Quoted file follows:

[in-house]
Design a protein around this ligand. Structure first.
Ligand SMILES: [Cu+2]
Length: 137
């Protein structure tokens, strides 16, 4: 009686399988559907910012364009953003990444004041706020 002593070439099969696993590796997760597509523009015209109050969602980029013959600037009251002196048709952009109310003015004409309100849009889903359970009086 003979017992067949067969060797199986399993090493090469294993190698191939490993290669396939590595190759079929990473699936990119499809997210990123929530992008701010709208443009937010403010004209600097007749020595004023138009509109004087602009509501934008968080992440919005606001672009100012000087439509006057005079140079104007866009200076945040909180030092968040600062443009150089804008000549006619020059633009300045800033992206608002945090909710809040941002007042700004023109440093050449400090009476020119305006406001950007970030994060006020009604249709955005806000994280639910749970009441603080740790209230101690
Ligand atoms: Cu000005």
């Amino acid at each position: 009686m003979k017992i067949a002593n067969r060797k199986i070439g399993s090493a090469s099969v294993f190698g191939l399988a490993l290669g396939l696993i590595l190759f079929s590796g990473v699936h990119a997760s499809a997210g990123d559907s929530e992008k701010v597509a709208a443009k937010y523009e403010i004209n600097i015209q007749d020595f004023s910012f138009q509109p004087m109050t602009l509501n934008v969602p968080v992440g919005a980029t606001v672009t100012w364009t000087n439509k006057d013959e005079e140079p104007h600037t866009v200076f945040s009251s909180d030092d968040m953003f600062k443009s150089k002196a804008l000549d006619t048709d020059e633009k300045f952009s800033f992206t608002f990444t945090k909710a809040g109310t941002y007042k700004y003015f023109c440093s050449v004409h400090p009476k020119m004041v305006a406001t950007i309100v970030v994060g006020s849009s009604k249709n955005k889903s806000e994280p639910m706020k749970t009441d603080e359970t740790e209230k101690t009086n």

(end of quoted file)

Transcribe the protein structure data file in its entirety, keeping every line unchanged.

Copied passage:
[in-house]
Design a protein around this ligand. Structure first.
Ligand SMILES: [Cu+2]
Length: 137
């Protein structure tokens, strides 16, 4: 009686399988559907910012364009953003990444004041706020 002593070439099969696993590796997760597509523009015209109050969602980029013959600037009251002196048709952009109310003015004409309100849009889903359970009086 003979017992067949067969060797199986399993090493090469294993190698191939490993290669396939590595190759079929990473699936990119499809997210990123929530992008701010709208443009937010403010004209600097007749020595004023138009509109004087602009509501934008968080992440919005606001672009100012000087439509006057005079140079104007866009200076945040909180030092968040600062443009150089804008000549006619020059633009300045800033992206608002945090909710809040941002007042700004023109440093050449400090009476020119305006406001950007970030994060006020009604249709955005806000994280639910749970009441603080740790209230101690
Ligand atoms: Cu000005």
């Amino acid at each position: 009686m003979k017992i067949a002593n067969r060797k199986i070439g399993s090493a090469s099969v294993f190698g191939l399988a490993l290669g396939l696993i590595l190759f079929s590796g990473v699936h990119a997760s499809a997210g990123d559907s929530e992008k701010v597509a709208a443009k937010y523009e403010i004209n600097i015209q007749d020595f004023s910012f138009q509109p004087m109050t602009l509501n934008v969602p968080v992440g919005a980029t606001v672009t100012w364009t000087n439509k006057d013959e005079e140079p104007h600037t866009v200076f945040s009251s909180d030092d968040m953003f600062k443009s150089k002196a804008l000549d006619t048709d020059e633009k300045f952009s800033f992206t608002f990444t945090k909710a809040g109310t941002y007042k700004y003015f023109c440093s050449v004409h400090p009476k020119m004041v305006a406001t950007i309100v970030v994060g006020s849009s009604k249709n955005k889903s806000e994280p639910m706020k749970t009441d603080e359970t740790e209230k101690t009086n």